How Can Countries Progress Their Sustainable Agendas?
By Jose Arrieta, Social Good Peru Chapter leader
The 2030 Agenda, approved in September 2015 by the General Assembly of the United Nations, proposes a transformative vision towards the economic, social, and environmental sustainability of the 193 member states that signed it, including Peru.
The 2030 Agenda defends a new way of thinking about development. From my point of view, a key challenge in the development of the 2030 Agenda is to mobilize private and public resources to channel them towards the SDGs. I strongly believe that public and private resources must be combined in order to maximize their effects on development.
Nowadays, the countries of Latin America and the Caribbean face increasing demands and have increasingly stringent budgets. Private flows have become the main source of financing for developing countries in Latin America and the Caribbean, as well as remittances.
In order to effectively monitor the progress made in the implementation of the SDGs, governments must adapt their decision-making to the compilation, disaggregation and dissemination of data and statistics.
In order to do this, governments must strengthen their national statistical systems and adopt a broad approach in the framework of global indicators.
For example, the non-profit organization Bertelsmann Stiftung and the Red de Soluciones de Desarrollo Sostenible de la ONU have created a prototype index that measures their performance on how close are countries to achieving the SDGs.
The SDG index measures 149 countries, comparing their current progress with baseline measurements taken in 2015.
Sweden is first in the list of surveyed countries for progress on the 17 goals. It’s important to mention that the report says that many high-income countries perform well in areas such as economic development, but still do not achieve a good overall performance in the SDGs.
This is because these countries still face significant challenges that have not yet been resolved, such as gender equality, income inequality, climate change mitigation, and education.
For example, the first three countries in the report are Sweden, Denmark and Norway. If these countries wish to continue to achieve good overall performance in the SDGs, they must focus in the coming years on the transition of their energy systems from high carbon sources to low carbon sources — which will help them to achieve the environmental sustainability goal.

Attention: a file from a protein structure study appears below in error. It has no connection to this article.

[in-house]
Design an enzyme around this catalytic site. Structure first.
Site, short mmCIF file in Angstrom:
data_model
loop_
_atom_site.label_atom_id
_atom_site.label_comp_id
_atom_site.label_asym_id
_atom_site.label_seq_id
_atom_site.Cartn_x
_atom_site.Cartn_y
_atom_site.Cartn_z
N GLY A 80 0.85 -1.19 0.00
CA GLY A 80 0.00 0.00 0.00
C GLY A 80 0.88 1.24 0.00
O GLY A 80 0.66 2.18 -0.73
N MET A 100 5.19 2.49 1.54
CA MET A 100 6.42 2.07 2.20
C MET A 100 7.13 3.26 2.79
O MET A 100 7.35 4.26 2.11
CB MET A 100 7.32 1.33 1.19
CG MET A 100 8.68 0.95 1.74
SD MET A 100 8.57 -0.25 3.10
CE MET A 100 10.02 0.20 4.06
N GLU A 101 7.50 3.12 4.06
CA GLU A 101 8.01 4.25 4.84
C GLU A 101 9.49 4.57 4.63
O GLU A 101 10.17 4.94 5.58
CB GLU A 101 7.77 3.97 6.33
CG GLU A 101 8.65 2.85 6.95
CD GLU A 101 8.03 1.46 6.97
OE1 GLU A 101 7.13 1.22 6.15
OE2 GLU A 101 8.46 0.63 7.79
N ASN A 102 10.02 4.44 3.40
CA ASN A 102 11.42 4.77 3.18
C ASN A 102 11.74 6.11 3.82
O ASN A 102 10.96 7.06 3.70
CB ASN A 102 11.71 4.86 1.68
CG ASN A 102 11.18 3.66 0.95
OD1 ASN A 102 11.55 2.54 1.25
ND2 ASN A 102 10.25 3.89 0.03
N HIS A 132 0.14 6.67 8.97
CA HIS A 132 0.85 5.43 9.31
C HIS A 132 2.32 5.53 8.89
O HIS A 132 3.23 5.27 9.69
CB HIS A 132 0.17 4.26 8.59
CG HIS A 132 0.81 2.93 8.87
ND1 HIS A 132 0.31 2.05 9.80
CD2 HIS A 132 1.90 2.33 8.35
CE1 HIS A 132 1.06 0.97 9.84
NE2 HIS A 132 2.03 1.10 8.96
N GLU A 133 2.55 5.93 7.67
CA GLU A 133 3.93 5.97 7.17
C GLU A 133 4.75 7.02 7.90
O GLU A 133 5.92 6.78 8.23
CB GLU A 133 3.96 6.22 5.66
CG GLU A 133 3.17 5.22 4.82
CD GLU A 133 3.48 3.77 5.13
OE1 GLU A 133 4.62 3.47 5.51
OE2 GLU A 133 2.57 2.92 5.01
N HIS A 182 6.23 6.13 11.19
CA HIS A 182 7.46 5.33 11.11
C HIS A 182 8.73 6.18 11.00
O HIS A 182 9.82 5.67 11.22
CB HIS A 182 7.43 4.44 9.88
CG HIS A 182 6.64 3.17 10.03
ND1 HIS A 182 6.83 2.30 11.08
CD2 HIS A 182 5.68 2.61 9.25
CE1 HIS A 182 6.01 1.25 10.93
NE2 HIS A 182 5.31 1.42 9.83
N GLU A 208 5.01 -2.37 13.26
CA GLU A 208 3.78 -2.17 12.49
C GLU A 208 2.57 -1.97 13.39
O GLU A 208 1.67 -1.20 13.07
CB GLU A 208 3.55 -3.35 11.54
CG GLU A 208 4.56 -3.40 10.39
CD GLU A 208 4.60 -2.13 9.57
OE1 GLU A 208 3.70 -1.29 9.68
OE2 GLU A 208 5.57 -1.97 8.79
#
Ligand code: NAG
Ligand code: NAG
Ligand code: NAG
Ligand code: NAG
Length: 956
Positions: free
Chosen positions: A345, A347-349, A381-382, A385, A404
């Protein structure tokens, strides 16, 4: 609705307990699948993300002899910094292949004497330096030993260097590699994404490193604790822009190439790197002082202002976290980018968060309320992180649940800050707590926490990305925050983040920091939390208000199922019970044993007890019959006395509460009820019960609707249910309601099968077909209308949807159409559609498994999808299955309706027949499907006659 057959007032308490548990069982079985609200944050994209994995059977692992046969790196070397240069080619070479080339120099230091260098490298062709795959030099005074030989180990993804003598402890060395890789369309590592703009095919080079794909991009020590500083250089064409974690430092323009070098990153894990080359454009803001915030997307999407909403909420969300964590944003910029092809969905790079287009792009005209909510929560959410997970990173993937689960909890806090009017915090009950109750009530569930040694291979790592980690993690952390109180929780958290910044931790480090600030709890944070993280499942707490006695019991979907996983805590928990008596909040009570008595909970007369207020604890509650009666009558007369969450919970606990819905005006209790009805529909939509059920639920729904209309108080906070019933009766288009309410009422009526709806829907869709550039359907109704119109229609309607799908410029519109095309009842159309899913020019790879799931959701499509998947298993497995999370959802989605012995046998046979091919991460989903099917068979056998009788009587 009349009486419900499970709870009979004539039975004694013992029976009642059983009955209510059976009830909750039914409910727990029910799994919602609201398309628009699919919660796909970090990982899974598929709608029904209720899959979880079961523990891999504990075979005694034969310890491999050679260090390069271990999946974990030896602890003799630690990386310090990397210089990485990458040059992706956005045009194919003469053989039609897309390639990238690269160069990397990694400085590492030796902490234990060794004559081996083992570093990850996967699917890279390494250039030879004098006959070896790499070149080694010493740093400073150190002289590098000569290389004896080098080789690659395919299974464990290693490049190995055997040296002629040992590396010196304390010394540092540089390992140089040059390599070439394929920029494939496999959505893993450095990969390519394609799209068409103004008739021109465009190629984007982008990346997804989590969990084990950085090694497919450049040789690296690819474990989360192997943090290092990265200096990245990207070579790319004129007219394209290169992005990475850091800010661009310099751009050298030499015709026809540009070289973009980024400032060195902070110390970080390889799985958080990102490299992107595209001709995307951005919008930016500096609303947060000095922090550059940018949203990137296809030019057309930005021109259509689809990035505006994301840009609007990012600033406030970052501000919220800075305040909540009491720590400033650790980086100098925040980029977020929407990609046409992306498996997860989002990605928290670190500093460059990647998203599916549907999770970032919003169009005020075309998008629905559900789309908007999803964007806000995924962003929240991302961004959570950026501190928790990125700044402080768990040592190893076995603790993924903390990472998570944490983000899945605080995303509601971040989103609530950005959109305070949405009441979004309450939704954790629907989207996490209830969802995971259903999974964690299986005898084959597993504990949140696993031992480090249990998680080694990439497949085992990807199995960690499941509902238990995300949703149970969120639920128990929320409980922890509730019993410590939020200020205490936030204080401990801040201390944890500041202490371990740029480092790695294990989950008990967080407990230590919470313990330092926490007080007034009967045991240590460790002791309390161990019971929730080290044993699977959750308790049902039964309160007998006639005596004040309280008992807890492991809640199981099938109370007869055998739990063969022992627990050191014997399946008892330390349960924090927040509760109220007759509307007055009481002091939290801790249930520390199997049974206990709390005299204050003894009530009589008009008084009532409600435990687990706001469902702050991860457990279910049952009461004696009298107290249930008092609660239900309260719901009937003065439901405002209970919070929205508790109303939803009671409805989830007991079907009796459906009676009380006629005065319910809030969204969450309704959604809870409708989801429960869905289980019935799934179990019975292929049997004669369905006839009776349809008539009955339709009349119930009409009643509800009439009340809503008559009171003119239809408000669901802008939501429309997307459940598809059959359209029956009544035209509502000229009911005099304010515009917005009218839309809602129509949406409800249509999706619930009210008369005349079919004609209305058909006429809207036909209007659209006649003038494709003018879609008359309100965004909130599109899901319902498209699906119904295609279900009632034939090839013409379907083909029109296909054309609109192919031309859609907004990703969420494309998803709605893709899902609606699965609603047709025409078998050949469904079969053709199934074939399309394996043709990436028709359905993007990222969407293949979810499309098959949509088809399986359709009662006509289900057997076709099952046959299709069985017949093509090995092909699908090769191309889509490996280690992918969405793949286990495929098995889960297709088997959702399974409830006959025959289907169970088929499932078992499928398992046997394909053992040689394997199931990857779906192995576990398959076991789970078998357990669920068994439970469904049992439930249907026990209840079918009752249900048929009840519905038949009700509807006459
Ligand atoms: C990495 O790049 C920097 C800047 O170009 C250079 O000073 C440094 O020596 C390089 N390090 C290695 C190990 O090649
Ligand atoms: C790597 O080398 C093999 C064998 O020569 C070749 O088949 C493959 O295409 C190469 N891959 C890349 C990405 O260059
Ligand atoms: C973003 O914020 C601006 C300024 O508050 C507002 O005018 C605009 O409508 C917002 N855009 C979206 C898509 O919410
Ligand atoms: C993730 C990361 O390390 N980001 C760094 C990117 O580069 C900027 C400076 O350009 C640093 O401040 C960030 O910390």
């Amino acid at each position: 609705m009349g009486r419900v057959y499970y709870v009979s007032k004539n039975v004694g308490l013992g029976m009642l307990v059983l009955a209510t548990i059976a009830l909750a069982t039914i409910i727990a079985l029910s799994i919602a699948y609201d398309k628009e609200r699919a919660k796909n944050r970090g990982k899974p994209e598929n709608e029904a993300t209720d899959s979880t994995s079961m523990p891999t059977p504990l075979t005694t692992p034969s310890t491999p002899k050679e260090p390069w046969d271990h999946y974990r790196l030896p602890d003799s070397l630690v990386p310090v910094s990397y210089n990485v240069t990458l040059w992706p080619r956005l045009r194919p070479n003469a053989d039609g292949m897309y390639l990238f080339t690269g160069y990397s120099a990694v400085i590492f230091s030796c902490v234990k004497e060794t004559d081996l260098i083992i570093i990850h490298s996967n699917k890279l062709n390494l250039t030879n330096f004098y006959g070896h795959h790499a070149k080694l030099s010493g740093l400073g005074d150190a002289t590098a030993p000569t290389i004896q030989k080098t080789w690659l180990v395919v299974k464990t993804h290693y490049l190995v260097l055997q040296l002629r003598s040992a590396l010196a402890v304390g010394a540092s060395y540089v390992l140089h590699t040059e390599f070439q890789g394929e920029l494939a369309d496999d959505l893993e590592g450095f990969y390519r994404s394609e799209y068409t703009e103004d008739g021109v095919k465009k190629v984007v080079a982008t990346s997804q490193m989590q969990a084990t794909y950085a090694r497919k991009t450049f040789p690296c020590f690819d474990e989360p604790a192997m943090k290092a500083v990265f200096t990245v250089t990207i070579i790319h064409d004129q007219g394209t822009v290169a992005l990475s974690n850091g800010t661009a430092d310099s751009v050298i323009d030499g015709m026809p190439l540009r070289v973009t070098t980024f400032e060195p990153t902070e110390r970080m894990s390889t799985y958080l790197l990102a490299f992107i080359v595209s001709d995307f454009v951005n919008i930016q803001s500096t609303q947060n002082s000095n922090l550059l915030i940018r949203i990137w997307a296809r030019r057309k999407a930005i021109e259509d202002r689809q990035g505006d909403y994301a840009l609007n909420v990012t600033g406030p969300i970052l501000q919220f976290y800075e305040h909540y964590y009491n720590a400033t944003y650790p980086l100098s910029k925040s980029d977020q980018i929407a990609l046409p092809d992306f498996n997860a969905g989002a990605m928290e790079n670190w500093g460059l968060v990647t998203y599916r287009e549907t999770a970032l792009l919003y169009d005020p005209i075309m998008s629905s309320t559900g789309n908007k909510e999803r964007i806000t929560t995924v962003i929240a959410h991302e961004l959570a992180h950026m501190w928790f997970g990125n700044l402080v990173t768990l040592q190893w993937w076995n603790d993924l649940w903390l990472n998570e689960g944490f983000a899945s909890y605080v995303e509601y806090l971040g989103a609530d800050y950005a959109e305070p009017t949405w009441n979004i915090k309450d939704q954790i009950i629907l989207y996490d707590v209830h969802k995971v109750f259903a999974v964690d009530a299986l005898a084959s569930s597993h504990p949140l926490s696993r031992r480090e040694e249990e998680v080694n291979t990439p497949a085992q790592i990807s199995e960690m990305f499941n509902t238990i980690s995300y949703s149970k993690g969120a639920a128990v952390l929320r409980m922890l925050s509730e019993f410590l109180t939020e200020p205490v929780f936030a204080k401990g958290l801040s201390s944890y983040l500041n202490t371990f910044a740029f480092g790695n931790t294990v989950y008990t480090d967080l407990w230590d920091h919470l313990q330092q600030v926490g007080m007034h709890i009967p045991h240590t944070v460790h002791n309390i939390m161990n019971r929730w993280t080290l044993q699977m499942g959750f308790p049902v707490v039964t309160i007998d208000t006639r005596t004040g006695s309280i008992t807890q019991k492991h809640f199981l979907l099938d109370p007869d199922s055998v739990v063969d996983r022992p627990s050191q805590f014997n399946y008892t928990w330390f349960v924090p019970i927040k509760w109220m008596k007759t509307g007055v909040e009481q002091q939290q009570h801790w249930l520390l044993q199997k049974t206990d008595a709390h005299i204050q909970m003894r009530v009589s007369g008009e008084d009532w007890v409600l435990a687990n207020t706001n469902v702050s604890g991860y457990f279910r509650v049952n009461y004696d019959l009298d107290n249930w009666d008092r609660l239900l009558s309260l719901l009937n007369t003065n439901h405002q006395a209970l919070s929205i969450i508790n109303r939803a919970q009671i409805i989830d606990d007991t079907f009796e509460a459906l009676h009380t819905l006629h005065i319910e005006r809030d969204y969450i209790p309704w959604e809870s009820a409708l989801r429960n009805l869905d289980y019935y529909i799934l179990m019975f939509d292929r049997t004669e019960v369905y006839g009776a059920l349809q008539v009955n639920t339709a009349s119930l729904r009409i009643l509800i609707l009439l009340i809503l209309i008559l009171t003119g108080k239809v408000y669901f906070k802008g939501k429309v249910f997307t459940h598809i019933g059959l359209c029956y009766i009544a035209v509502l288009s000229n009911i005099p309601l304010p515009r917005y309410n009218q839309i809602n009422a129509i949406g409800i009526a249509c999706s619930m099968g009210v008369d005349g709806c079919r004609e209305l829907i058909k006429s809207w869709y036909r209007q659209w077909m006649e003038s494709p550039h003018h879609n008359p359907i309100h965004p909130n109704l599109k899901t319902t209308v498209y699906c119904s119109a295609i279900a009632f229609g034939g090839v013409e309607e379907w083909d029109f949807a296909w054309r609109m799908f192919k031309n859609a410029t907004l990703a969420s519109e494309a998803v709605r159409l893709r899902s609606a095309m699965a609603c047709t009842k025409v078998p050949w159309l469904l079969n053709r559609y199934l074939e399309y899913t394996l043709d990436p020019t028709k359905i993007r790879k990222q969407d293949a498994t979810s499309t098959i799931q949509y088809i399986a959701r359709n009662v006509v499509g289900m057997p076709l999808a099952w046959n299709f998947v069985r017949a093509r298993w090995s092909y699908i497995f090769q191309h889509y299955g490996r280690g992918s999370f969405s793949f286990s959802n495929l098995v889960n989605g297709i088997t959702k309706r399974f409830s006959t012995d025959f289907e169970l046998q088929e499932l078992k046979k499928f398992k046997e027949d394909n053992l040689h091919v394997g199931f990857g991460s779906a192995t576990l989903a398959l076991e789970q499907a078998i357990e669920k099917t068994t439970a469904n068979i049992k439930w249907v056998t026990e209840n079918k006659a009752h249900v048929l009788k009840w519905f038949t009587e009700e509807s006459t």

In order to further deepen my knowledge about how to implement the SDGs in Peru, I attended the I Forum Integration to the Bicentennial organized by RPP Group on May 11. Participants in this forum included Peruvian government authorities, businessmen, and representatives of civil society.
The RPP Group made invited me to participate in the forum on behalf of Social Good Peru. The invitation to Social Good Peru was made in recognition of the contributions and efforts achieved through strategic alliances with the business sector, government, and academia to implement the SDGs in the country.
The objective of the forum was to encourage involvement and participation in the construction of a Peru developed based on sustainable, viable proposals, both medium and long term. Likewise, it sought to put key issues for the development of Peru on the public agenda, with a view towards 200 years of its independence.
What I learned in this forum is that the process of constructing a vision of the future of the country requires a comprehensive knowledge of the country’s reality. In other words, we must understand how people live in their local reality (ecosystems, watersheds, development access). Likewise, we must know the population’s needs.
The first step is to look back and assess what has been achieved. This allows us to determine how some objectives succeeded and why others were abandoned along the way.
I’m convinced that to continue developing the Peru it is necessary to generate more meaningful connections with the main representative groups of the country. A key factor is to generate spaces for discussion on policy priorities in order to raise awareness and raise levels of commitment to development policies in relation to the SDGs.
Although Peru is considered by the International Monetary Fund as one of the most stable economies in Latin America, it has also obtained the worst scores in international educational evaluations in the years when it participated: 2012, 2009, and 2000.
Peru has a lot of work to do to be a developed and sustainable country, however we can observe that some progress is currently being made.
As of September 2016, the Peruvian state has oriented its efforts to update sectoral policies of a national scope, incorporating the guidelines of the Sustainable Development Goals within its policies and plans. In this way, the Peruvian state seeks to build a concerted vision of the country by 2030.